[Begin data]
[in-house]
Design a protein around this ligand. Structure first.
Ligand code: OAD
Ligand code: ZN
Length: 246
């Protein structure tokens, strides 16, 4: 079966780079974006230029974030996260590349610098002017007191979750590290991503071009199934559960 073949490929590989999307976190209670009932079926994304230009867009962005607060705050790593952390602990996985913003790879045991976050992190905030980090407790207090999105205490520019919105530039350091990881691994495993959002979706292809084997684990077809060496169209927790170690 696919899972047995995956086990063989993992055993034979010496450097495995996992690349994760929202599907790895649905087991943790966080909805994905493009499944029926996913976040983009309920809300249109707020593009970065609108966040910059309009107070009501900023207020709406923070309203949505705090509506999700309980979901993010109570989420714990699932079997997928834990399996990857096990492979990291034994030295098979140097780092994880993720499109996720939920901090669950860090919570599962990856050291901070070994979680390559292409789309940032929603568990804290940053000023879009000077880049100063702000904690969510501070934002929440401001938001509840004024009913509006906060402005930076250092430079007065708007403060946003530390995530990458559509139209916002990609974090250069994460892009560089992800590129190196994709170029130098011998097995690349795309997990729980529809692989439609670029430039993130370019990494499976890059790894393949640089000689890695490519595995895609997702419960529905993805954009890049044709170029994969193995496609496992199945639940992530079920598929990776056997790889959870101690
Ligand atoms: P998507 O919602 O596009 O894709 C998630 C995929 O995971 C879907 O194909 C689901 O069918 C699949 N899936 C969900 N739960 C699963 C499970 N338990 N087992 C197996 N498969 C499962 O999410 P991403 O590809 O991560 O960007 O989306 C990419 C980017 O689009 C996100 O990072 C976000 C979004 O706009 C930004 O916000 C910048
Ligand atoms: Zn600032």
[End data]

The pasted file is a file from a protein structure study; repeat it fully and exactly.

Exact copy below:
[in-house]
Design a protein around this ligand. Structure first.
Ligand code: OAD
Ligand code: ZN
Length: 246
């Protein structure tokens, strides 16, 4: 079966780079974006230029974030996260590349610098002017007191979750590290991503071009199934559960 073949490929590989999307976190209670009932079926994304230009867009962005607060705050790593952390602990996985913003790879045991976050992190905030980090407790207090999105205490520019919105530039350091990881691994495993959002979706292809084997684990077809060496169209927790170690 696919899972047995995956086990063989993992055993034979010496450097495995996992690349994760929202599907790895649905087991943790966080909805994905493009499944029926996913976040983009309920809300249109707020593009970065609108966040910059309009107070009501900023207020709406923070309203949505705090509506999700309980979901993010109570989420714990699932079997997928834990399996990857096990492979990291034994030295098979140097780092994880993720499109996720939920901090669950860090919570599962990856050291901070070994979680390559292409789309940032929603568990804290940053000023879009000077880049100063702000904690969510501070934002929440401001938001509840004024009913509006906060402005930076250092430079007065708007403060946003530390995530990458559509139209916002990609974090250069994460892009560089992800590129190196994709170029130098011998097995690349795309997990729980529809692989439609670029430039993130370019990494499976890059790894393949640089000689890695490519595995895609997702419960529905993805954009890049044709170029994969193995496609496992199945639940992530079920598929990776056997790889959870101690
Ligand atoms: P998507 O919602 O596009 O894709 C998630 C995929 O995971 C879907 O194909 C689901 O069918 C699949 N899936 C969900 N739960 C699963 C499970 N338990 N087992 C197996 N498969 C499962 O999410 P991403 O590809 O991560 O960007 O989306 C990419 C980017 O689009 C996100 O990072 C976000 C979004 O706009 C930004 O916000 C910048
Ligand atoms: Zn600032």